Although an employment contract has to state the length of notice of termination, it does not have to state how notice should be given. In Newcastle upon Tyne NHS Foundation Trust v Haywood, the Supreme Court held that, as employers and employees need to know whether and when employment had come to an end, receipt of notice does not take effect until the employee has read it or had a reasonable opportunity of doing so.
On 20 April 2011, the Trust sent a letter by recorded delivery to Ms Haywood’s home address giving her written notice of termination by reason of redundancy. As she was away on holiday (which the Trust knew about) her father in law collected the letter for her from the sorting office and left it in her house. When she returned on 27 April, she read the letter.
Although her contract stated that she was entitled to 12 weeks’ notice, it did not state expressly how termination of notice should be given. This was crucial in terms of her pension because, if the date of delivery was deemed to be effective on the day she read it (making the date of termination after 20 July 2011 when she turned 50), she was entitled to a higher pension. If delivery was deemed effective before 27 April, she would only receive the lower pension.
In February 2012, Ms Haywood brought a claim that she had received insufficient notice of termination.
Decisions of High Court and Court of Appeal
The High Court judge held that, as notice had only been given once Ms Haywood had actually received the letter of dismissal (or had a reasonable opportunity to read it) on 27 April 2011, she remained employed by the Trust up to and including 20 July 2011.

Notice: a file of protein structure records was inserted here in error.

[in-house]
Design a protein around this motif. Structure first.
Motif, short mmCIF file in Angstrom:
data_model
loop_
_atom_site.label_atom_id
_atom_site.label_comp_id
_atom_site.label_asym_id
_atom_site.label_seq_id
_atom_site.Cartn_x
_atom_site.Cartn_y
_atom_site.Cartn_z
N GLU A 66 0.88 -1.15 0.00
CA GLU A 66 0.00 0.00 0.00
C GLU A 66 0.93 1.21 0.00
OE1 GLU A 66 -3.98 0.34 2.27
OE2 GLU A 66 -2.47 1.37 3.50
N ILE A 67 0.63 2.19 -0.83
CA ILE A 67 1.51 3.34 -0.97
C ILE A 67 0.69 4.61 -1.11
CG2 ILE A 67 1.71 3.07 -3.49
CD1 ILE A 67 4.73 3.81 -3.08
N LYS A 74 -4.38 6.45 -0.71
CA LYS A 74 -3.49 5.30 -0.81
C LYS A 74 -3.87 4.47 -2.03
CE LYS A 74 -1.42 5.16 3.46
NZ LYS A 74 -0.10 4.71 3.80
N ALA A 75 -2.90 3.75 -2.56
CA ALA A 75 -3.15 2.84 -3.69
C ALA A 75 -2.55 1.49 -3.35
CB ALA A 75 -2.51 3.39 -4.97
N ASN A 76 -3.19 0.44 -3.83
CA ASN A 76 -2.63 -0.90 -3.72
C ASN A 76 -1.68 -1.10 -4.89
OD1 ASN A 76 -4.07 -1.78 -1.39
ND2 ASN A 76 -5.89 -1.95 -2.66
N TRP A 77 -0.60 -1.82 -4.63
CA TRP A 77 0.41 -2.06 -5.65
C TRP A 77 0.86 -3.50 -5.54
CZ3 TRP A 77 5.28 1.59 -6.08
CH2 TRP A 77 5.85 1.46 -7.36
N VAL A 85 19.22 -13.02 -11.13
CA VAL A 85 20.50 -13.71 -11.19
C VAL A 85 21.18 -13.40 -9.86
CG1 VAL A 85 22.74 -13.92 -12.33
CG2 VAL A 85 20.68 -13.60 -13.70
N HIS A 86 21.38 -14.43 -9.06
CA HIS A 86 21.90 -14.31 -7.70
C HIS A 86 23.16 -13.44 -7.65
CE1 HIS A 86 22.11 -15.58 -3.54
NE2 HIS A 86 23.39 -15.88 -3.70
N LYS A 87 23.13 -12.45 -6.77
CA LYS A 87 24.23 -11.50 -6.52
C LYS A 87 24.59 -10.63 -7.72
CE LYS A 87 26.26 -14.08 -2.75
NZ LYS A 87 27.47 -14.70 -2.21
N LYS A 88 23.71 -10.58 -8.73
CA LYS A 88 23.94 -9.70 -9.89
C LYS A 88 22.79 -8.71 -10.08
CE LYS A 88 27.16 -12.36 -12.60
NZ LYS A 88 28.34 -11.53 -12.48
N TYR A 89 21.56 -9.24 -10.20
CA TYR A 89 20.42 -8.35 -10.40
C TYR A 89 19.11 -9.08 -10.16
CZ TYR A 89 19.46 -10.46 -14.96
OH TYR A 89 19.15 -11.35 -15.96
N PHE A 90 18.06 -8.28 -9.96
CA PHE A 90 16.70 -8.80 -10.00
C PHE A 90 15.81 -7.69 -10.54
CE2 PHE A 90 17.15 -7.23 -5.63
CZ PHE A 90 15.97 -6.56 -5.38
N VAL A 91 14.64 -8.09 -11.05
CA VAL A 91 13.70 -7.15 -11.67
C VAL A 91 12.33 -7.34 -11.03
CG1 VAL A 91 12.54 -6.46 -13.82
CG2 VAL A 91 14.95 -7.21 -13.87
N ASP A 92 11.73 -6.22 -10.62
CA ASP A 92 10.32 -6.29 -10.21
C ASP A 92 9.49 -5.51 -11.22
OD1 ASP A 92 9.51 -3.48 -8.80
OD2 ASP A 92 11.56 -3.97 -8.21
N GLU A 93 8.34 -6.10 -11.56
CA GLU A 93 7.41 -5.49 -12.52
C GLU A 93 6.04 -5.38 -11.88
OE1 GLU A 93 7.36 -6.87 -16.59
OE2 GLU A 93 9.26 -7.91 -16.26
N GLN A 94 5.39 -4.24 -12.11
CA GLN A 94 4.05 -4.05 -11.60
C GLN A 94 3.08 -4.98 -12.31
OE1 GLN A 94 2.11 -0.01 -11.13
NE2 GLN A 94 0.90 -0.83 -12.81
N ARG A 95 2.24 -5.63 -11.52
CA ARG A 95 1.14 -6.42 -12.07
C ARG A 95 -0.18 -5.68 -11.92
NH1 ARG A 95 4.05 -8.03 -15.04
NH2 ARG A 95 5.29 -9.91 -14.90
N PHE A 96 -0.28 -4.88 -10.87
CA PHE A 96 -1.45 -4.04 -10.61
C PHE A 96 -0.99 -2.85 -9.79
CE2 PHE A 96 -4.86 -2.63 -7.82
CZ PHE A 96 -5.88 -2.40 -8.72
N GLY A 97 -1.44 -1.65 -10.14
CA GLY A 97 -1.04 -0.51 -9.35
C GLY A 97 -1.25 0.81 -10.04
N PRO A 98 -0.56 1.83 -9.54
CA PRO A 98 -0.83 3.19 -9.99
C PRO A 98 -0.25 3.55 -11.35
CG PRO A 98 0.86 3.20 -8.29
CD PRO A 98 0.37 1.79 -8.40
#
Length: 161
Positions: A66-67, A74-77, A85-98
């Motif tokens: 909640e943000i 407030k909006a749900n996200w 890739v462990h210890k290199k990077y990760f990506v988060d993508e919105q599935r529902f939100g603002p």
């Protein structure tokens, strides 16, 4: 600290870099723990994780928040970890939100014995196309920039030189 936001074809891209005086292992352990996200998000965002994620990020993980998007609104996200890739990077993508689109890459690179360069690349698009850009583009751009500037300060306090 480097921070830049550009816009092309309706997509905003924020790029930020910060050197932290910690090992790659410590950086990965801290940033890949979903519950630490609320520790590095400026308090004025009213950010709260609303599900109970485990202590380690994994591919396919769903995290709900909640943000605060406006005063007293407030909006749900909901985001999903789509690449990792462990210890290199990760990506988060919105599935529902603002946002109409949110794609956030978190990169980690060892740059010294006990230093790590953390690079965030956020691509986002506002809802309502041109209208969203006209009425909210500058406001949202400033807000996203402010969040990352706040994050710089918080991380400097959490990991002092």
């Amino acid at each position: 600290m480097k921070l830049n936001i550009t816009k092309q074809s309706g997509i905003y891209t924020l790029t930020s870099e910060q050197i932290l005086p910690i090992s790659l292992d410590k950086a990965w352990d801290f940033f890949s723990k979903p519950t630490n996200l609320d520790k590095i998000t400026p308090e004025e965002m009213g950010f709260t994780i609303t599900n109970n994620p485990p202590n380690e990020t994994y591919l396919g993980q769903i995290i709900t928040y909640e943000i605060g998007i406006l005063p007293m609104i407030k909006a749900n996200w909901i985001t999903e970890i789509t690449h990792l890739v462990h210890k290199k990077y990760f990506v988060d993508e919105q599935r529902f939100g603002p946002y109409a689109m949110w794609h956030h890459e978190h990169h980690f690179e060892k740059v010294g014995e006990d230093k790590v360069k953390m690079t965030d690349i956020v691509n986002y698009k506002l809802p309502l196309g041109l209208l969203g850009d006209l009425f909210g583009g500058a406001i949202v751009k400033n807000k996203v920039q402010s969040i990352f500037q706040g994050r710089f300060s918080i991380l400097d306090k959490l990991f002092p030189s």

Dismissing the Trust’s appeal, the Court of Appeal (by a majority) upheld the High Court’s decision that the contract contained an implied term that, for notice to have been effective, Ms Haywood had to have received the letter. She was therefore entitled to the higher pension.
The Trust appealed again on the basis that there was a common law rule (mainly derived from landlord and tenant cases) which provided that notice was given when the letter was delivered. Ms Haywood, on the other hand, argued that the Court should follow the approach of the EAT which was that notice should only take effect once the employee had received the letter and had either read or had a reasonable opportunity to read it.
Decision of Supreme Court
On the basis that it was important for both employer and employee, even in dismissal on notice cases, to know whether and when employment had come to an end, a majority of the Supreme Court held that receipt of notice by the employee was always required.
There was no reason why this approach should present employers with any real difficulties in practice, according to the Court, as they could either make express alternative provision in the contract or ensure notice of termination was received in sufficient time, or arrangements were made, to allow the employment to terminate on a specified day.
As Ms Haywood had not had the opportunity to read the letter until 27 April, her effective date of termination was therefore after 20 July and she was entitled to the higher pension.